I do have one suggestion that you may find helpful. It is common for remote (ie not bolted to the throttle body) MAP sensors to be located as high as possible in the engine bay to avoid any fuel/oil from entering the vacuum pipe causing erratic operation and leading to sensor failure. In fact the FI classic Mini used a fuel vapour trap in series with the vacuum pipe to prevent this. I recall my first Morris Minor 1954 vintage had a vapour trap in the metal vacuum line to prevent damage to the distributor advance diaphragm.
Good idea - if we get no interest in a track day - or morning - then there's little hope of anything else and no one needs special licences/fireproof suits etc. Will pen something for the next mag and see what response I get. On the electrics/programming front the problem I've experienced - with various cars of mine - is getting someone that knows what they're doing - if you're farming it out. The guy that did the power steering for me recommended a chap who he reckons is brilliant but Jaguar have booked him for the next three months to sort out their own ecu/fuelling issues! If they can't sort out their ecu's in house what hope for the rest of us! Cheers Andrew
A useful tip that has helped me with many problems with difficult software is getting a program called "Team Viewer". It is free. You must have internet access on your laptop for it to work! What this allows is remote access to your laptop. You can then phone the supplier and get them to remote access the software and have a look for you! Marvelous as they can drive your laptop like they are sitting in front of it! You can watch them do it on the screen while you talk to them on the phone and tell them what you want. What happens is you open team viewer which then displays a number and an access pin. You give them both numbers and they are in. Most places we deal with support Team Viewer athough there are a couple of other versions that do the same thing.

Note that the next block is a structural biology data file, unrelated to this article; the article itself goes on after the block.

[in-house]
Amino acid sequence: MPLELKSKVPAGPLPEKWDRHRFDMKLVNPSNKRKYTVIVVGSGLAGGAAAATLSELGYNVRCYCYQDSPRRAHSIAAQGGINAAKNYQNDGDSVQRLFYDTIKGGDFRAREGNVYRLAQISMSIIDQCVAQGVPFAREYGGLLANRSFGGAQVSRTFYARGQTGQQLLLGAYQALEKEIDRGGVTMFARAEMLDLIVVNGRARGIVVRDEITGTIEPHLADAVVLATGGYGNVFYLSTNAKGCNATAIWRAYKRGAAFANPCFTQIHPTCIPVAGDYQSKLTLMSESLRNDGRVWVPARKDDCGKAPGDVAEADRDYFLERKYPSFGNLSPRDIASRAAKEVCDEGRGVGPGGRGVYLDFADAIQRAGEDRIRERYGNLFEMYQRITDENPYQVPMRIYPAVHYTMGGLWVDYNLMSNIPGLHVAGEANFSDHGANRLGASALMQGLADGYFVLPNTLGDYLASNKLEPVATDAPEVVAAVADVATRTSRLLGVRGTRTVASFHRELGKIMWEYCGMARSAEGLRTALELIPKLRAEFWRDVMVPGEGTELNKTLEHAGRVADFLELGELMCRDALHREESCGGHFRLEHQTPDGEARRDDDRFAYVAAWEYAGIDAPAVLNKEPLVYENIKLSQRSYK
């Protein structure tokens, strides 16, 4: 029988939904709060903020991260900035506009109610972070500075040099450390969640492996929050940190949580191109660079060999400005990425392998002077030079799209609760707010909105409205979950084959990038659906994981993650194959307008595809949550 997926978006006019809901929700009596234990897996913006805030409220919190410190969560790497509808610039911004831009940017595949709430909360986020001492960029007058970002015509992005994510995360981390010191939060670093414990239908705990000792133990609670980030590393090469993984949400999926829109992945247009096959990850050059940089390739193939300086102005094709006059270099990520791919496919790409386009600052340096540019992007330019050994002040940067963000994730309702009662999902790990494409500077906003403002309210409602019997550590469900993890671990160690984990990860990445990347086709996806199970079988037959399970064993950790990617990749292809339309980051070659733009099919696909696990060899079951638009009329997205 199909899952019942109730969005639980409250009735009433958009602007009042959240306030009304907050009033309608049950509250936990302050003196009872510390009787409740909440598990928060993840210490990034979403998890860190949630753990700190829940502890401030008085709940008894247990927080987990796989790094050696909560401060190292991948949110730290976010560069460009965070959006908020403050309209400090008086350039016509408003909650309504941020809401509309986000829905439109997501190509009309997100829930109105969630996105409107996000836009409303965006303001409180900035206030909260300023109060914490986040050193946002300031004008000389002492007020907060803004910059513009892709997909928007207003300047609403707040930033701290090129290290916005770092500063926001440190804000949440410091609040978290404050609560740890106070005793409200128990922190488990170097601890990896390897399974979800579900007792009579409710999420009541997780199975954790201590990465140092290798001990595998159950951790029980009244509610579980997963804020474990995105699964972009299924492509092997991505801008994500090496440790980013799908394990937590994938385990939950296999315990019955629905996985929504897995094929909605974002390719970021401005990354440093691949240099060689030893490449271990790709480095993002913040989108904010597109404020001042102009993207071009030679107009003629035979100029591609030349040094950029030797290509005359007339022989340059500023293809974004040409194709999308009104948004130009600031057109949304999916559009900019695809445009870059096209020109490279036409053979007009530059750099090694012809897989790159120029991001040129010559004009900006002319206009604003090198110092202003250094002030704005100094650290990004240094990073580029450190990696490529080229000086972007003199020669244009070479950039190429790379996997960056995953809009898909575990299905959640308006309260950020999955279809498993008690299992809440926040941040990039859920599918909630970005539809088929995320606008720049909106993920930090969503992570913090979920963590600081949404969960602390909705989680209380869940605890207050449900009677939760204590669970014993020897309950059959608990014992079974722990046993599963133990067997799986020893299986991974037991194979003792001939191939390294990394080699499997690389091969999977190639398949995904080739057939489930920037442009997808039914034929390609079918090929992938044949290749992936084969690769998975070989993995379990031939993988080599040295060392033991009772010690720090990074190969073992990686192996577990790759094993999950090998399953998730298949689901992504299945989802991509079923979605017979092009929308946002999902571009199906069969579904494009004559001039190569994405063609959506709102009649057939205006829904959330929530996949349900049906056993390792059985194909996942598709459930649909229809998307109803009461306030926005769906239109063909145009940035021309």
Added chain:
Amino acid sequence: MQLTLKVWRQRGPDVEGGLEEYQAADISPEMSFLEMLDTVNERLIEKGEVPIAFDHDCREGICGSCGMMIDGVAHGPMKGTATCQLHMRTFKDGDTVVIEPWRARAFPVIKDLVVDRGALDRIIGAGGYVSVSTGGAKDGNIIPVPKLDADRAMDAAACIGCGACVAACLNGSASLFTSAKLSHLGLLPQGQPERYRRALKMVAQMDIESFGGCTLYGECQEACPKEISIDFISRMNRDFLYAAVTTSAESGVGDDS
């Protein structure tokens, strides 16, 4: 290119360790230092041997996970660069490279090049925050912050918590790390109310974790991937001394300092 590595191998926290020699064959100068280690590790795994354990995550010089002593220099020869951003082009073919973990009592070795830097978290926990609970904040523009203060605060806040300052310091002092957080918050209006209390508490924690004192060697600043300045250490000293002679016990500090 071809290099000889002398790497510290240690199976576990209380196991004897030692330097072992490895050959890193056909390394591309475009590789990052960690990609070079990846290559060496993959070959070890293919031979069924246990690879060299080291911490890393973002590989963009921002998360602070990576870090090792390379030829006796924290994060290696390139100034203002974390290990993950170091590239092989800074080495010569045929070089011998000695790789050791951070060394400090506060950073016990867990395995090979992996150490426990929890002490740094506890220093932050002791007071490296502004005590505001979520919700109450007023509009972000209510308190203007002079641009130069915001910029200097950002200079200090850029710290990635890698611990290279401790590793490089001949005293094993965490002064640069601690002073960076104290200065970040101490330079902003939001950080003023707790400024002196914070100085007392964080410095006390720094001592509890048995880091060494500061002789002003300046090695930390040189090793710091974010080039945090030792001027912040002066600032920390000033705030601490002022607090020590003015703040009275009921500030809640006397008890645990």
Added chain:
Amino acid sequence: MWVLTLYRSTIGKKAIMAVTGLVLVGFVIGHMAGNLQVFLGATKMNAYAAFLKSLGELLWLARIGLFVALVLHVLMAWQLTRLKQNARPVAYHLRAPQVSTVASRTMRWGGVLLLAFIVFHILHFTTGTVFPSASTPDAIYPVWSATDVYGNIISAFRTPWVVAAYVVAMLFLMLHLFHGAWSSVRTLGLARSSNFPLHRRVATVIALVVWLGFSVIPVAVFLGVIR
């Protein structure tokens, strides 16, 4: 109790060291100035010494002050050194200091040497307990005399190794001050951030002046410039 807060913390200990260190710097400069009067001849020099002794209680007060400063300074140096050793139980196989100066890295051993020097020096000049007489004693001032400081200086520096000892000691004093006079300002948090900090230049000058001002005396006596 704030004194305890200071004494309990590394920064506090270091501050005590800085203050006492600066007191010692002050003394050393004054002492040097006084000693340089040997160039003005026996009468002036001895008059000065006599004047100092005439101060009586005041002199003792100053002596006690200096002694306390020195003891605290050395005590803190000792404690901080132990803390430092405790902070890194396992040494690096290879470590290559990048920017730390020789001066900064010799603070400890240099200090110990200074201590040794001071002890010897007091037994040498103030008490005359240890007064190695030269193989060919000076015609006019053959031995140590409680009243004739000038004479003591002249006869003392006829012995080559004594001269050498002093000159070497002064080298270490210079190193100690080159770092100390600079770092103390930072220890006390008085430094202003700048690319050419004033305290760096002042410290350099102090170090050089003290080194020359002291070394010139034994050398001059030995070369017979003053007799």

I had a look at the website but it doesn't give much information. From earlier posts, I thought it was self tuning relying on the feedback from the wideband sensor and learning from the driving style. Are you able to access and modify fuel and ignition maps on the laptop which is the usual method of tuning?
If so, I think the only way is to have it set up on a rolling road.
I will try and move these posts to the fuel injection thread shortly. I think it was my fault it has grown on Andrew's thread.
If you get crazy rpm readings from the ECU the posible causes include:
ignition trigger (I think it's in the distributor?) the gap is wromg or inconsistent ignition trigger wires passing to close to the plug leads
less than 100% perfect grounding, engine earth strap, distributor body, ECU earths. Easily checked by testing for voltage drops from the battery negative post to the engine, distributor body and ECU earth(s).